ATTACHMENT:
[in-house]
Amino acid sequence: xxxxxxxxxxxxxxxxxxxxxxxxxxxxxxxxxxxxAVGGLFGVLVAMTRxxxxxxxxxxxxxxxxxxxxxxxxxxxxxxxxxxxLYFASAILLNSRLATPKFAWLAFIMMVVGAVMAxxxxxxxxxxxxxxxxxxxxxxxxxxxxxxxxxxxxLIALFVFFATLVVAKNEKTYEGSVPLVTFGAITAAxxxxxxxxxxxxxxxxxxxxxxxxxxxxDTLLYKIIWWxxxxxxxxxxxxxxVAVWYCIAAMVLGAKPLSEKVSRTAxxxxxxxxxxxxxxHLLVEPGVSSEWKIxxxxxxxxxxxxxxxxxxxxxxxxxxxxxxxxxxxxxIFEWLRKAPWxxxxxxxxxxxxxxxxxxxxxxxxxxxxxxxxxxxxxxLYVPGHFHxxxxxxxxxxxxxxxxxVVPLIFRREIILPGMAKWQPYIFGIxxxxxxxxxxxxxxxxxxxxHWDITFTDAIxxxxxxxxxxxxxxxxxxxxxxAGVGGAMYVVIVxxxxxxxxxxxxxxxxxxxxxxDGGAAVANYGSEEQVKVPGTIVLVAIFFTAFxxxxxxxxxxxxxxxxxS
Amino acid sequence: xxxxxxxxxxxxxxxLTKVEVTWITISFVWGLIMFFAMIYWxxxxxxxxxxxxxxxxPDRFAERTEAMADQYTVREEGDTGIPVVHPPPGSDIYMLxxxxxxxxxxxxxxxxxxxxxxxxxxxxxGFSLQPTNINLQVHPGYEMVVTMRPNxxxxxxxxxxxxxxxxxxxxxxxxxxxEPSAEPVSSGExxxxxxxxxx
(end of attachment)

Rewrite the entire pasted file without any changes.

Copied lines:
[in-house]
Amino acid sequence: xxxxxxxxxxxxxxxxxxxxxxxxxxxxxxxxxxxxAVGGLFGVLVAMTRxxxxxxxxxxxxxxxxxxxxxxxxxxxxxxxxxxxLYFASAILLNSRLATPKFAWLAFIMMVVGAVMAxxxxxxxxxxxxxxxxxxxxxxxxxxxxxxxxxxxxLIALFVFFATLVVAKNEKTYEGSVPLVTFGAITAAxxxxxxxxxxxxxxxxxxxxxxxxxxxxDTLLYKIIWWxxxxxxxxxxxxxxVAVWYCIAAMVLGAKPLSEKVSRTAxxxxxxxxxxxxxxHLLVEPGVSSEWKIxxxxxxxxxxxxxxxxxxxxxxxxxxxxxxxxxxxxxIFEWLRKAPWxxxxxxxxxxxxxxxxxxxxxxxxxxxxxxxxxxxxxxLYVPGHFHxxxxxxxxxxxxxxxxxVVPLIFRREIILPGMAKWQPYIFGIxxxxxxxxxxxxxxxxxxxxHWDITFTDAIxxxxxxxxxxxxxxxxxxxxxxAGVGGAMYVVIVxxxxxxxxxxxxxxxxxxxxxxDGGAAVANYGSEEQVKVPGTIVLVAIFFTAFxxxxxxxxxxxxxxxxxS
Amino acid sequence: xxxxxxxxxxxxxxxLTKVEVTWITISFVWGLIMFFAMIYWxxxxxxxxxxxxxxxxPDRFAERTEAMADQYTVREEGDTGIPVVHPPPGSDIYMLxxxxxxxxxxxxxxxxxxxxxxxxxxxxxGFSLQPTNINLQVHPGYEMVVTMRPNxxxxxxxxxxxxxxxxxxxxxxxxxxxEPSAEPVSSGExxxxxxxxxx